Ancient Mars Was Snowy, New Model Suggests
Networks of valleys branching across the surface of Mars may have been carved out by melting snow, according to a new study.
Researchers have been debating for years whether the water that once flowed on the red planet's surface formed by either water bubbling up from the ground or precipitation. (Also see "Mysterious Martian Grooves Carved by Dry Ice Chunks?")
Now powerful new computer models of wind circulation and precipitation patterns in the Martian atmosphere around four tall Martian mountains and crater rims show the strongest evidence yet for ancient snow or rainfall down their steep slopes.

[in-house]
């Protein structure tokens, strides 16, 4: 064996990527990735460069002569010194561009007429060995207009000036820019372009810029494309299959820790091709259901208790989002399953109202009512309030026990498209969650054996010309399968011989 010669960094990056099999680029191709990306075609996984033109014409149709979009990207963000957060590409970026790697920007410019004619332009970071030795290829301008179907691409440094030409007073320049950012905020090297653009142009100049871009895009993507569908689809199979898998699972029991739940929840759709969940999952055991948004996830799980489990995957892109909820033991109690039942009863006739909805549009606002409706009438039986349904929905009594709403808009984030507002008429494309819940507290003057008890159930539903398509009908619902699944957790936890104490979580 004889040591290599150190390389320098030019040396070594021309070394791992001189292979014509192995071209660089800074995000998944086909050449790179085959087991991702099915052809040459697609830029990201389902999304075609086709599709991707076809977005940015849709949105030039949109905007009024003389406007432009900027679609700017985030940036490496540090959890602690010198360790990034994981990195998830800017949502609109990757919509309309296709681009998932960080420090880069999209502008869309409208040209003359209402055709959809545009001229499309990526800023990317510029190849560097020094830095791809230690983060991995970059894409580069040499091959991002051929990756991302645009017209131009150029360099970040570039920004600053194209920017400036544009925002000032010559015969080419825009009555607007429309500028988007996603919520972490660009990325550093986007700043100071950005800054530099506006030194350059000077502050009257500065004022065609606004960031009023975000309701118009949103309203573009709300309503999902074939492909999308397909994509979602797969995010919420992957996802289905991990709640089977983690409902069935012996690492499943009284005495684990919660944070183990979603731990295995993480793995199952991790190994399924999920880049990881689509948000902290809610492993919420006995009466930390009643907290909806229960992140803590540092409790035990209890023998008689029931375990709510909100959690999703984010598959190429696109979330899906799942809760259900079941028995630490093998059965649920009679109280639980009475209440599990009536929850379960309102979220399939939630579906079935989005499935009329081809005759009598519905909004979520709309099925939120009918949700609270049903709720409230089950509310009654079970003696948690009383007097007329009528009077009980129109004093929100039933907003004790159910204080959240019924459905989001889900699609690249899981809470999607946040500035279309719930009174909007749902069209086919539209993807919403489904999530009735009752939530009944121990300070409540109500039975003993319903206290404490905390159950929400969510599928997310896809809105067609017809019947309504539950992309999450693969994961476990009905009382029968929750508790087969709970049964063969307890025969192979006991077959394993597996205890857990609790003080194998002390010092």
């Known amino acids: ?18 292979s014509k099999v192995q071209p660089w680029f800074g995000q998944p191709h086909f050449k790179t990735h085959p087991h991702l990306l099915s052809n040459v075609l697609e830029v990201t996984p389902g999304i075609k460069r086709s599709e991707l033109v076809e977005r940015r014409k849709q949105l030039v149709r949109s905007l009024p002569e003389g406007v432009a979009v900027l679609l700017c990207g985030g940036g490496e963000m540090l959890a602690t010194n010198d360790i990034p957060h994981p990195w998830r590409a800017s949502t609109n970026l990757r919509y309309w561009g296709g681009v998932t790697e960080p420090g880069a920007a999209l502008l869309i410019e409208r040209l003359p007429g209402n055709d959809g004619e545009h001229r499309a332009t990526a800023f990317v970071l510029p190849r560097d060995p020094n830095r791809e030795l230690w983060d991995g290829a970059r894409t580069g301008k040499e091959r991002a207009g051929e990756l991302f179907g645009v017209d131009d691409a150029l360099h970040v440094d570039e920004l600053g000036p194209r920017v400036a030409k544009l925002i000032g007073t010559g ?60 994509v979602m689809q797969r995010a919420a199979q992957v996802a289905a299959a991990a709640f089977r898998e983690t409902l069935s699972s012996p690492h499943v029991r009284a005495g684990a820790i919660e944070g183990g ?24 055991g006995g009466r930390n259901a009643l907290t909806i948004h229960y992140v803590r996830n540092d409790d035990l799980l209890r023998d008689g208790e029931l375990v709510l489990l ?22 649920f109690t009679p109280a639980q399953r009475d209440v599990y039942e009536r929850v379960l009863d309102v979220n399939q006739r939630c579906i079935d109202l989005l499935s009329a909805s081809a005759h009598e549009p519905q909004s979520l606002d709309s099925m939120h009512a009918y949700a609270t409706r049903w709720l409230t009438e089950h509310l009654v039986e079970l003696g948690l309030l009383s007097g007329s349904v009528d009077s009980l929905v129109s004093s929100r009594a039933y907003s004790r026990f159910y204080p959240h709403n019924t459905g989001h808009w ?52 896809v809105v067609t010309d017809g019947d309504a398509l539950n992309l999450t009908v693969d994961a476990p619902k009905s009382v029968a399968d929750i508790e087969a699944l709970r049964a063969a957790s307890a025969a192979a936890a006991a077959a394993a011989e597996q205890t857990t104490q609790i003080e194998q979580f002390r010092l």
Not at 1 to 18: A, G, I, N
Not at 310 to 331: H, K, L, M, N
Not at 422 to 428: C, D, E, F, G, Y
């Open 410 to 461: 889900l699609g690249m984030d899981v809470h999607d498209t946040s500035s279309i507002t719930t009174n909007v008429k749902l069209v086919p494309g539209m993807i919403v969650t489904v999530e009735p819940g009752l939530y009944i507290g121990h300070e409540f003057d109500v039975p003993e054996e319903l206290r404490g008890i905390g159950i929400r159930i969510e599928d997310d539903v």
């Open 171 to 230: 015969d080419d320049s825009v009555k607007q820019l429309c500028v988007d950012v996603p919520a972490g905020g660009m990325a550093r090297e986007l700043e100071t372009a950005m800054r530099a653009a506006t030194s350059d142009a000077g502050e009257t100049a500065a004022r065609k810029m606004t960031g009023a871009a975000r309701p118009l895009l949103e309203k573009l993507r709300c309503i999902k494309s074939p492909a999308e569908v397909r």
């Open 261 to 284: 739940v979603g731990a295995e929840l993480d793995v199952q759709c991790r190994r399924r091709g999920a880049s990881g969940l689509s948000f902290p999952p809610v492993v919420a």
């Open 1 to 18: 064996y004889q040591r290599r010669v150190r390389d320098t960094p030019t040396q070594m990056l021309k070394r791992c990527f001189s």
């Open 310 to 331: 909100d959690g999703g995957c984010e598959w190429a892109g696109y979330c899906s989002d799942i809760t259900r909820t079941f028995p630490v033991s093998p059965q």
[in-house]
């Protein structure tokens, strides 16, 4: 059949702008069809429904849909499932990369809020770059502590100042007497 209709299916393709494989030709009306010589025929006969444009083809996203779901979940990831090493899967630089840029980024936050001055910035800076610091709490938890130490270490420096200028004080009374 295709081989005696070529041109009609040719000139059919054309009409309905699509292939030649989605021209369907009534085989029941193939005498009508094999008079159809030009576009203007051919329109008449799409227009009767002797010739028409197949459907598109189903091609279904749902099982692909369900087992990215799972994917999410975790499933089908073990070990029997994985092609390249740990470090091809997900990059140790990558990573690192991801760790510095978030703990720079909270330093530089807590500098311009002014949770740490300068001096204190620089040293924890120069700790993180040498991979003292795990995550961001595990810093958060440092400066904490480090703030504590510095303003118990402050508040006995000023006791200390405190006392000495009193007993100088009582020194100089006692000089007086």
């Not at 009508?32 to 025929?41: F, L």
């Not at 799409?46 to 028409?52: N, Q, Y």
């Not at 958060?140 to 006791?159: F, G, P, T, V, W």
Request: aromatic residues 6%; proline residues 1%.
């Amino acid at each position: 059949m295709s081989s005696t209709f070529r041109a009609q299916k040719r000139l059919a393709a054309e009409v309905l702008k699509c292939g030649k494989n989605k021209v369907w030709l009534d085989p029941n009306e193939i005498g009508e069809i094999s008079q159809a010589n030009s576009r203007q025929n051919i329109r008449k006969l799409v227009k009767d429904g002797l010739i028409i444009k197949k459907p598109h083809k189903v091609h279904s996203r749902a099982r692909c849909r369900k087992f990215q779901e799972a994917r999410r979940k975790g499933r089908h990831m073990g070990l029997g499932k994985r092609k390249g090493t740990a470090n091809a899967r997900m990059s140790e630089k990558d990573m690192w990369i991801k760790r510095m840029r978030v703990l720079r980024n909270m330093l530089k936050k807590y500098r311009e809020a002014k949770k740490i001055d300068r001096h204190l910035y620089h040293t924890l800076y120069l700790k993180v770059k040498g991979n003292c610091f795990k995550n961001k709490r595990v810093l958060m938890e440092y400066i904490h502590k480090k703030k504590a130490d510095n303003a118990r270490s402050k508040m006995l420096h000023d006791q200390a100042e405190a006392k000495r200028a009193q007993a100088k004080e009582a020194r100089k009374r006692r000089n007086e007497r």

The team's simulations indicate significant orographic precipitation—that is, where snow or rain falls due to moist winds blowing up mountainsides—were particularly heavy at the heads of valley networks. (Read "Mars Snow Falls Like Dry Ice Fog.")
"We found that crater rims and other topographic highs